Eighteen-year-old Ongeziwe Mali was the youngest player in the South African women’s hockey team at the 2018 World Cup, which is a remarkable feat considering her humble beginnings.
“My parents battled financially, and so I didn’t have things like sports equipment – my first hockey stick was from the lost and found at school,” she says. But after showing obvious hockey talent at school and working hard at it, Ongeziwe attended the Investec Hockey Academy, and eventually landed a bursary to study occupational therapy at James Madison University in Virginia in the US.
Her advice to other young women wanting to embark on big dreams after school is to take risks, and not to be afraid to make mistakes and learn from them. “If I could go back and advise my younger self, I’d tell myself to never give up,” she says. “It’s just a matter of being consistent – I would tell myself to just go out there and make the world your oyster.”
Don’t think that certain things aren’t meant for you, because then you think they’re impossible.
Strive for excellence
Marketing Manager Mmane Boikanyo heads up a team in the marketing department at TuksSport at the University of Pretoria. Her career has been built thanks to her resilience in the face of difficult circumstances early on, but through hard work, she received a distinction in Mathematics after being part of the Promaths programme, which led to a R10,000 contribution towards her university tuition.
Mmane’s advice to other women wanting to go to university and succeed in their careers is to strive for excellence – always. “Don’t get distracted by things like gender inequality, ageism or racism, because what you deliver will be the true judge of your competence and potential,” she says.
Beyond where she is now, Mmane has ambitions to study for her Masters within the next three years. To this end, she advises other women to undertake ongoing learning in order to stay relevant and competitive within their careers. “What you know now might become irrelevant in five years’ time, so you should always be open to acquiring new skills,” she says.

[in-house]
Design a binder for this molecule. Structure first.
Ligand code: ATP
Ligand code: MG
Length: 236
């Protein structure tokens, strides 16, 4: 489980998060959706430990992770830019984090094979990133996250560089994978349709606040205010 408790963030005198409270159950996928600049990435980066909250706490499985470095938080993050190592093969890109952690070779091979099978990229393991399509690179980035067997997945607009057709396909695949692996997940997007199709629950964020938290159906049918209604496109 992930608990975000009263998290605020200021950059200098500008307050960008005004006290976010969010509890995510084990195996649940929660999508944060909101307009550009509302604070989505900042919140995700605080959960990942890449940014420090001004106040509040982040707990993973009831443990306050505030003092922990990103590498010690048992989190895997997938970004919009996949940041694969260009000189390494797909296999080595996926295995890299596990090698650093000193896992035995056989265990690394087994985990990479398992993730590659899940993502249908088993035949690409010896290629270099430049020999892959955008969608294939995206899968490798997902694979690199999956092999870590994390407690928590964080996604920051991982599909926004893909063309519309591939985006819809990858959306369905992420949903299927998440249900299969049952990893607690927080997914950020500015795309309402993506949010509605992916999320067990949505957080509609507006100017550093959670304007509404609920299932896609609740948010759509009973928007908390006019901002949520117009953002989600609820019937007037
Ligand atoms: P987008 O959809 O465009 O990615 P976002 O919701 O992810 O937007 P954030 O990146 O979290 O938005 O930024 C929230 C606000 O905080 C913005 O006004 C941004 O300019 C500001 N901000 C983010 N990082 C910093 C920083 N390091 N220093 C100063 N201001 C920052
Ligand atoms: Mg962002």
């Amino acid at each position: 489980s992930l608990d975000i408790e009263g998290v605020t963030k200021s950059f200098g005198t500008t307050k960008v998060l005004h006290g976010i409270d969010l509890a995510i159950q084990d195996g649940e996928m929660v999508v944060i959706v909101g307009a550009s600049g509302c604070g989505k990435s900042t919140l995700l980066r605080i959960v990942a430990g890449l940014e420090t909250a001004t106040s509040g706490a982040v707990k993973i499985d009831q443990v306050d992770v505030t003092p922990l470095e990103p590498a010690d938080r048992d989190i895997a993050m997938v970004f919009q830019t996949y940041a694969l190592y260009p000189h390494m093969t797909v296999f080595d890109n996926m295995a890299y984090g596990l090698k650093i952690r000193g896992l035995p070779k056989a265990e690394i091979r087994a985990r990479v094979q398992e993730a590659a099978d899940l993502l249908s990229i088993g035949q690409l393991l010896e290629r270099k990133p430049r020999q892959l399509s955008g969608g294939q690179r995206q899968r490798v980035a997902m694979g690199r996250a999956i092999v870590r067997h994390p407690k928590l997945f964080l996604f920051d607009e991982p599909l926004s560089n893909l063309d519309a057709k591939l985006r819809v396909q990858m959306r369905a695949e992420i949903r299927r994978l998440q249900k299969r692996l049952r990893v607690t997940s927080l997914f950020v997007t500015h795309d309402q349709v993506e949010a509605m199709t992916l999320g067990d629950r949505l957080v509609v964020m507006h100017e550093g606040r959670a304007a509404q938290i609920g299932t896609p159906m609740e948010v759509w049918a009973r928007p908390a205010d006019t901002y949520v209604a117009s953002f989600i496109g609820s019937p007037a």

What you deliver will be the true judge of your competence and potential.
Love what you do
From her experience teaching at a rural high school in the Free State, Kate Groch was inspired to start the Good Work Foundation (GWF), which aims to lead a digitally empowered education model for rural Africa. Through technology, they’re teaching kids to love learning – and then to pursue careers that they’re really passionate about. “Out here, kids often haven’t had the luxury of really looking at what they’d love to do, and where they would add the best value to the planet,” she says.
But Kate believes that finding out what you love and then making that a career is the key to real success. “We’ve got young people who are studying Fine Art, which is not a normal thing to be studying from a poor community, because the typical mindset is, what’s the job afterwards? But you don’t just have to have a job – you can start a career.”